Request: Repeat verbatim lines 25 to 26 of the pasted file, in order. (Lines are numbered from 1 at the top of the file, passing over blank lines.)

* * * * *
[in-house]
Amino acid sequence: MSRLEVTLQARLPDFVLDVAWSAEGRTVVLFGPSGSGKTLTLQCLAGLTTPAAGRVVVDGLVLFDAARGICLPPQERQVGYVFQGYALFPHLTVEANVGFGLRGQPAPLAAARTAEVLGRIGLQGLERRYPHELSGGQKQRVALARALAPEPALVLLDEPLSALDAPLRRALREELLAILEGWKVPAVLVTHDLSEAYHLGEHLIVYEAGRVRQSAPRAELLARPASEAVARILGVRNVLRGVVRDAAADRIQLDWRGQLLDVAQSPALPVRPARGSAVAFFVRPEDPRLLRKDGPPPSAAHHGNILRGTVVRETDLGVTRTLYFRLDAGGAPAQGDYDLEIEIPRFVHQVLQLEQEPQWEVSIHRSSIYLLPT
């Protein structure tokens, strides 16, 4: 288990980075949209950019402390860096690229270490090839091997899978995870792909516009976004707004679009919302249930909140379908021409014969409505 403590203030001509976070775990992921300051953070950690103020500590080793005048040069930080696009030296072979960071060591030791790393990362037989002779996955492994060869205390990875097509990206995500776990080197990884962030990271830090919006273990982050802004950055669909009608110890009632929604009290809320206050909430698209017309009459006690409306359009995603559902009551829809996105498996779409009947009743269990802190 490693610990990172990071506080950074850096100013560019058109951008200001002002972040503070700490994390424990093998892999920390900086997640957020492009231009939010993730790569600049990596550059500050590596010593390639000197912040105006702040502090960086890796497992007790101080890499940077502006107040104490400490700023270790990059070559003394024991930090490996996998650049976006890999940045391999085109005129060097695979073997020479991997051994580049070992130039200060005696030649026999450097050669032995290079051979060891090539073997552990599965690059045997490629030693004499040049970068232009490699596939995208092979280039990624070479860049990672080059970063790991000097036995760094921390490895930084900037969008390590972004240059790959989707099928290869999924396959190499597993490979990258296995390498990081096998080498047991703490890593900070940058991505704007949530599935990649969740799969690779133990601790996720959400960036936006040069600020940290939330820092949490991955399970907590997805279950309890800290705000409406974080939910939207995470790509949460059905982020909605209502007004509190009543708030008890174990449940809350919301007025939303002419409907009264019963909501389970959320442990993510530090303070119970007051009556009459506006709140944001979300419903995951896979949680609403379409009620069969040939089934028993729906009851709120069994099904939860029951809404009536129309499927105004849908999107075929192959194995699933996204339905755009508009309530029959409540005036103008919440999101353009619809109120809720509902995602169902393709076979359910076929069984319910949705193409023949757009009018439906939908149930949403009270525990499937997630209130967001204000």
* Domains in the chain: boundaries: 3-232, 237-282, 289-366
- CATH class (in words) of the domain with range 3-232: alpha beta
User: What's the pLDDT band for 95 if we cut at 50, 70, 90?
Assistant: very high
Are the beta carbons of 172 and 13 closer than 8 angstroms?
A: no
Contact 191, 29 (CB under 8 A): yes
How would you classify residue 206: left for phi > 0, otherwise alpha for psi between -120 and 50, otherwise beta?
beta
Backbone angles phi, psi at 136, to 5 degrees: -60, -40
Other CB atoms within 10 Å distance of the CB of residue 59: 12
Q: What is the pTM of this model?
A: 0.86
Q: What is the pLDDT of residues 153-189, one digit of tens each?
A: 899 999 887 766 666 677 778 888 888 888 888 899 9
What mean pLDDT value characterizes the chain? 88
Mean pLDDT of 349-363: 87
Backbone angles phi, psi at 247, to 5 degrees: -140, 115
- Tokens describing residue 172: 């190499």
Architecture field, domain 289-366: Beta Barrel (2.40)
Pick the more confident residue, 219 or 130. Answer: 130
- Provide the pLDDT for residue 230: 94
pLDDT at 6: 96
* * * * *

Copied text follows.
- Provide the pLDDT for residue 230: 94
pLDDT at 6: 96